What It Means to Be a Highly Sensitive Person

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highly sensitive person

We all have moments (or even days) when we’re super sensitive. Anything anyone tells us, be it directed at us personally or about someone or something else, gets to us on a whole different level than it usually would. But bursts of hypersensitivity don’t mean that we’re a highly sensitive person by nature.

A highly sensitive person sees things differently than the rest of the world. They pick up on emotional cues much swifter, and they react to them with a higher intensity than other people. However, that’s not all. A highly sensitive person responds to any stimuli, not just social and emotional cues. They also notice sights, smells, energies, and subtle changes, and process them on a deeper level than the rest of us.

That’s precisely why overstimulation and emotional exhaustion are real issues for hypersensitive people. What’s more, a highly sensitive person can get easily overwhelmed. They might need to take a breather from other people because they react to all experiences much more intensely than the rest of the population.

What’s the Definition of a Highly Sensitive Person (HSP)?

In short, a highly sensitive person is someone who has intense reactions to internal and external stimuli. They are generally more intuitive and empathetic than our average Joe since they can pick up on social and emotional cues quickly and easily.

However, just like anything else in life, hypersensitivity doesn’t come without its faults. Others probably can’t fathom how it feels to pick up, understand, and react to the emotions of people around us so easily. What’s more, other people’s feelings aren’t the only problem for HSP. Any sort of change in themselves, others, or in their environment upsets their inner world.

So it’s safe to say that being a highly sensitive person is a double-edged sword. Sure, we are more empathetic and understanding toward others, but that’s not necessarily a two-way street. Others don’t understand how we experience the world, so they can’t extend the same courtesy to us.

What Being a Highly Sensitive Person Entails

We might hear from time to time that we’re “taking things too seriously” or “overthinking it.” What’s more, things like “feeling too much and too deep” have also been thrown around hypersensitive people.

When we boil down a highly sensitive person (as much as one can, of course), we can see that there are specific traits that define them:

  • empathy (not to be confused with being empathetic)
  • sensitivity to subtleties (as opposed to being perceptive)
  • depth of processing
  • overstimulation

Your Pain Is My Pain — Empathy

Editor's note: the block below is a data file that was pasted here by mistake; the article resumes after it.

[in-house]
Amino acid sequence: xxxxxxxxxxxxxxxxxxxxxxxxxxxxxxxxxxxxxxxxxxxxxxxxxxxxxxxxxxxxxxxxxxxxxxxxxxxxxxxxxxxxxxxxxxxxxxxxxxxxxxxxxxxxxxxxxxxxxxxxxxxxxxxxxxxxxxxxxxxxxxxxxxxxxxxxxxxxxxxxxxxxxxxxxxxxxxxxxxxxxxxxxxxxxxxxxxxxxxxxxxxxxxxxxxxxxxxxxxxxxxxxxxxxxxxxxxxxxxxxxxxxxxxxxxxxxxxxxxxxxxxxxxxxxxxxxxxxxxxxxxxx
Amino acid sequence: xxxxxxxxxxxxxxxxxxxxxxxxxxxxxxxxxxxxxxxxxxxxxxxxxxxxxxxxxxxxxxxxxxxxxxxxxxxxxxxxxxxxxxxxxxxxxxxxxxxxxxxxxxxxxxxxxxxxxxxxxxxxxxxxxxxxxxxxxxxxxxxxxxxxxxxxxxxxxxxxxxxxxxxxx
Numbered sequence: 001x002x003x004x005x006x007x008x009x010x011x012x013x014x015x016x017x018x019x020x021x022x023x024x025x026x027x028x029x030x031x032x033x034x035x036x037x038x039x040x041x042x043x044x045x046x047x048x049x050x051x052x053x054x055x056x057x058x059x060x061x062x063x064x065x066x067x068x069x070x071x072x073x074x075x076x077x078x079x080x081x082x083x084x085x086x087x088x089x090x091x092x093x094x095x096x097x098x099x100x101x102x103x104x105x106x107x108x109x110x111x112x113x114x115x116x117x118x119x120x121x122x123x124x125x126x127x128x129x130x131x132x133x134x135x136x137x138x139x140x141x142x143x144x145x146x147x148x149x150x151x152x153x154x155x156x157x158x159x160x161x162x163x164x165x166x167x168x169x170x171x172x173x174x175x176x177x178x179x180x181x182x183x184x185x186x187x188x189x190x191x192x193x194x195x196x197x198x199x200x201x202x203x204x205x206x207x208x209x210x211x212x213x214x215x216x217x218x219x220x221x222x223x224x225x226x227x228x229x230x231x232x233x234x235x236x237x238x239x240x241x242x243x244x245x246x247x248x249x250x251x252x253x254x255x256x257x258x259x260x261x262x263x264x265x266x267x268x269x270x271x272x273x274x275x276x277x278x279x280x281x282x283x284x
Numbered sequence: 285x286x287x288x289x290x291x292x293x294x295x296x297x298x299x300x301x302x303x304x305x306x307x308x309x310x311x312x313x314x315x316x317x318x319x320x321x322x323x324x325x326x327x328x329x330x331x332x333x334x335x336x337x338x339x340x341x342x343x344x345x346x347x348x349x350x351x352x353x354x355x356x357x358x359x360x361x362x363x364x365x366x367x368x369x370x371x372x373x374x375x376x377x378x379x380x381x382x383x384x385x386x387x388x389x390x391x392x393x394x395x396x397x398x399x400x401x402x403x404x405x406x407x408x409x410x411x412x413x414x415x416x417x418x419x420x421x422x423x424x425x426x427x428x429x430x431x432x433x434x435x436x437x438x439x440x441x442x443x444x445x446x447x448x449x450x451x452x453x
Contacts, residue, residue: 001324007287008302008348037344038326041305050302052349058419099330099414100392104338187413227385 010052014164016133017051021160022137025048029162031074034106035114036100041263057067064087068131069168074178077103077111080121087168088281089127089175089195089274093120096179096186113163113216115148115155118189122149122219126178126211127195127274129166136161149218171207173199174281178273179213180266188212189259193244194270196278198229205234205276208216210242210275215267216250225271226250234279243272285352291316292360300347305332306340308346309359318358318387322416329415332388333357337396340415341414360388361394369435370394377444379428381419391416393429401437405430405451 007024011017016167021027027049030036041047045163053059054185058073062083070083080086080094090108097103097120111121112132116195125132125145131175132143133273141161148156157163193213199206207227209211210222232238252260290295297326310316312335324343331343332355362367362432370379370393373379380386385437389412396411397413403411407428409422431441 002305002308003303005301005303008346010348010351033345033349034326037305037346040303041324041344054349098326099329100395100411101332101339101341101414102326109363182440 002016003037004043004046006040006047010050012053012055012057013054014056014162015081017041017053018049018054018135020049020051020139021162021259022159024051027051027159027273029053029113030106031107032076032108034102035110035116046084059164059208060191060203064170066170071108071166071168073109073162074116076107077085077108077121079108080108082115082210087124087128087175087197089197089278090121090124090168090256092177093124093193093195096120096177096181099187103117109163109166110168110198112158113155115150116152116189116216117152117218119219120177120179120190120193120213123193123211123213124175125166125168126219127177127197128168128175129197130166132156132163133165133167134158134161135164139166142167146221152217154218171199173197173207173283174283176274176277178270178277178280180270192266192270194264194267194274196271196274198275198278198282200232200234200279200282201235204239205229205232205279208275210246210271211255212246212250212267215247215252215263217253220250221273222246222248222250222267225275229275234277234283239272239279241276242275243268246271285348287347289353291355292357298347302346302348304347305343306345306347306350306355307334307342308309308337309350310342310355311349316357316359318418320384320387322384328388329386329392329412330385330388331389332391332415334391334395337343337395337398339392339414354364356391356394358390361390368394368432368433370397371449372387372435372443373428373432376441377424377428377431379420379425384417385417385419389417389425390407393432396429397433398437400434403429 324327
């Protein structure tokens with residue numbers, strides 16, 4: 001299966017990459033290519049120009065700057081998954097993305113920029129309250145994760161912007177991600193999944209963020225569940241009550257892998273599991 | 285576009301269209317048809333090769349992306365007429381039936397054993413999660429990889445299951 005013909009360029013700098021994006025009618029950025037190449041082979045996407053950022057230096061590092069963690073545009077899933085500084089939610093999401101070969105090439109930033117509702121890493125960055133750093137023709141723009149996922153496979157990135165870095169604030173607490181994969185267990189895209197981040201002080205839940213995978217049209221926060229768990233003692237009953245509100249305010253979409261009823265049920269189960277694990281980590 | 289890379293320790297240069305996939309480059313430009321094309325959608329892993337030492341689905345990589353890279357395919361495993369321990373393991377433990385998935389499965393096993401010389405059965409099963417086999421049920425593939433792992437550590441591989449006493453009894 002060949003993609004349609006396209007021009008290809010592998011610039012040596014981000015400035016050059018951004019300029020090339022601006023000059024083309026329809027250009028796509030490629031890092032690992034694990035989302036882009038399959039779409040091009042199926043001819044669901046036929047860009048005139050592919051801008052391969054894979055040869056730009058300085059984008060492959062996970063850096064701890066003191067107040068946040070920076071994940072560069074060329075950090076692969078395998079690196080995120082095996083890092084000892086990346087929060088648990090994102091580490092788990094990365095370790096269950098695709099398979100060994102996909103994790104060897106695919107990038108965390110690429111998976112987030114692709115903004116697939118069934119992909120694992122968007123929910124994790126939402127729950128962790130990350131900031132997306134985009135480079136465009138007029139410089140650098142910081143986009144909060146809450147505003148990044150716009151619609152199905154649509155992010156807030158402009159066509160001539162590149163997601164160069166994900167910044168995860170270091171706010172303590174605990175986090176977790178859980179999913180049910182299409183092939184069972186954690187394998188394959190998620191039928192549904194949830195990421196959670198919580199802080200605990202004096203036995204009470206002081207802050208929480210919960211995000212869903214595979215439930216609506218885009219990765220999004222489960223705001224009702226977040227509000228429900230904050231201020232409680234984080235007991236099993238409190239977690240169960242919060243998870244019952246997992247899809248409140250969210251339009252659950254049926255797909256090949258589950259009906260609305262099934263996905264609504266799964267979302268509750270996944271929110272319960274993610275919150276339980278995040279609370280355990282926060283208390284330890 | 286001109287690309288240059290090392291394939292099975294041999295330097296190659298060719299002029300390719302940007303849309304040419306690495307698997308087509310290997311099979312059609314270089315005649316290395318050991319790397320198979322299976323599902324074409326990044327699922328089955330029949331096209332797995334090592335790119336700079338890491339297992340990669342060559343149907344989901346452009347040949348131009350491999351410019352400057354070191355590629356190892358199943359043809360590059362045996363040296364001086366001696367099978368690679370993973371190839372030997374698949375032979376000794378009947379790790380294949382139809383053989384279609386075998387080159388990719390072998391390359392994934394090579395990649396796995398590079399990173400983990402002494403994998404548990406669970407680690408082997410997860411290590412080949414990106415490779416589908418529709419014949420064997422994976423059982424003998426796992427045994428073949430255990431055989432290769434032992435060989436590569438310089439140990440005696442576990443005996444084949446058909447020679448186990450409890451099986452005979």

Yes, highly sensitive people are more empathetic toward others; we’ve already established that. But they aren’t just empathetic like the rest of the population. What does that mean?

Well, an empathetic person will feel for us when we tell them a sad story from our life. They’ll also be happy when we share some good news with them. A highly sensitive person, on the other hand, will figure out something is happening to us before we get the chance to tell them. What’s more, they’ll be attuned to our needs and offer us comfort before we get an opportunity to ask for it.

If you’re wondering how that’s possible, the answer is rather complicated. To simplify it, highly sensitive people have a more active brain area that’s in charge of reacting to people’s emotions. They pick up on microexpressions and interpret them correctly. But they also absorb other people’s feelings and feel them as their own, which is why they can offer us what we need, no matter how we’re feeling.

Did You Notice That…? YES, I Always Notice! — Sensitivity to Subtleties

Hypersensitive people pick up on cues quickly and easily. They also experience stimuli differently than the rest of us. That doesn’t make them superheroes with enhanced hearing and sight. However, it does make them sensitive to sights, smells, and sounds the rest of us wouldn’t even notice.

Again, that is both a blessing and a curse. They can get distracted easily, but they’ll also be the first ones to notice any type of change. That means they’ll also be the first ones to react to it. Actually, that’s precisely the difference between a hypersensitive person and the rest of the world. We might not even notice a minute change, and if we do, we probably won’t react to it since it’s such a minor detail. A highly sensitive person, on the other hand, will.